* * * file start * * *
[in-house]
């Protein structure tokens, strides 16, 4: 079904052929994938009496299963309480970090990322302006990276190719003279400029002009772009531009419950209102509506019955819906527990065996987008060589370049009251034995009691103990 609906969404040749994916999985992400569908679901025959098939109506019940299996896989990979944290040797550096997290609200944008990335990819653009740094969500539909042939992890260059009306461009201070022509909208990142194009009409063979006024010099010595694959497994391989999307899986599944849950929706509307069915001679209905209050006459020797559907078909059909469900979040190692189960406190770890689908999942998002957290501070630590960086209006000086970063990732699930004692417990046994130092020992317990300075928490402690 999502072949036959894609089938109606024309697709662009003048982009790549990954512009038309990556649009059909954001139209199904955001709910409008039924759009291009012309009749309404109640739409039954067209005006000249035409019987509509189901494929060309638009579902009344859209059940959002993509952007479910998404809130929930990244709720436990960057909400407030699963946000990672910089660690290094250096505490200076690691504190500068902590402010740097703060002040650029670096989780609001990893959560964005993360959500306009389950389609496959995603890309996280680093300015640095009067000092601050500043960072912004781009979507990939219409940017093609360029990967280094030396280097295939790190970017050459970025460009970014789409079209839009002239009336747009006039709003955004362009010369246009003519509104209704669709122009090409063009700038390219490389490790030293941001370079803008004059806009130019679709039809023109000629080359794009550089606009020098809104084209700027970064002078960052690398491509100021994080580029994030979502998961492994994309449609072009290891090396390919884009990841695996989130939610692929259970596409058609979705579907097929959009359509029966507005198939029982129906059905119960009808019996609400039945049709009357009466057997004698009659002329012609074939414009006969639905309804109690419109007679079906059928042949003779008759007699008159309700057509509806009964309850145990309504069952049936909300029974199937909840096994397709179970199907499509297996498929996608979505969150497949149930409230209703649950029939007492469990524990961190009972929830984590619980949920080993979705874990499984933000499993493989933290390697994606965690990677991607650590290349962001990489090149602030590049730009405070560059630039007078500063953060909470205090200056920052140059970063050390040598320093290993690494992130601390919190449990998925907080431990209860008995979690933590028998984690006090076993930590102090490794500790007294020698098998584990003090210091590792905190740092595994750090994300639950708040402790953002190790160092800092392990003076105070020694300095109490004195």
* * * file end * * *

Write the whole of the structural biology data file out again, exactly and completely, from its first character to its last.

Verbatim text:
[in-house]
């Protein structure tokens, strides 16, 4: 079904052929994938009496299963309480970090990322302006990276190719003279400029002009772009531009419950209102509506019955819906527990065996987008060589370049009251034995009691103990 609906969404040749994916999985992400569908679901025959098939109506019940299996896989990979944290040797550096997290609200944008990335990819653009740094969500539909042939992890260059009306461009201070022509909208990142194009009409063979006024010099010595694959497994391989999307899986599944849950929706509307069915001679209905209050006459020797559907078909059909469900979040190692189960406190770890689908999942998002957290501070630590960086209006000086970063990732699930004692417990046994130092020992317990300075928490402690 999502072949036959894609089938109606024309697709662009003048982009790549990954512009038309990556649009059909954001139209199904955001709910409008039924759009291009012309009749309404109640739409039954067209005006000249035409019987509509189901494929060309638009579902009344859209059940959002993509952007479910998404809130929930990244709720436990960057909400407030699963946000990672910089660690290094250096505490200076690691504190500068902590402010740097703060002040650029670096989780609001990893959560964005993360959500306009389950389609496959995603890309996280680093300015640095009067000092601050500043960072912004781009979507990939219409940017093609360029990967280094030396280097295939790190970017050459970025460009970014789409079209839009002239009336747009006039709003955004362009010369246009003519509104209704669709122009090409063009700038390219490389490790030293941001370079803008004059806009130019679709039809023109000629080359794009550089606009020098809104084209700027970064002078960052690398491509100021994080580029994030979502998961492994994309449609072009290891090396390919884009990841695996989130939610692929259970596409058609979705579907097929959009359509029966507005198939029982129906059905119960009808019996609400039945049709009357009466057997004698009659002329012609074939414009006969639905309804109690419109007679079906059928042949003779008759007699008159309700057509509806009964309850145990309504069952049936909300029974199937909840096994397709179970199907499509297996498929996608979505969150497949149930409230209703649950029939007492469990524990961190009972929830984590619980949920080993979705874990499984933000499993493989933290390697994606965690990677991607650590290349962001990489090149602030590049730009405070560059630039007078500063953060909470205090200056920052140059970063050390040598320093290993690494992130601390919190449990998925907080431990209860008995979690933590028998984690006090076993930590102090490794500790007294020698098998584990003090210091590792905190740092595994750090994300639950708040402790953002190790160092800092392990003076105070020694300095109490004195």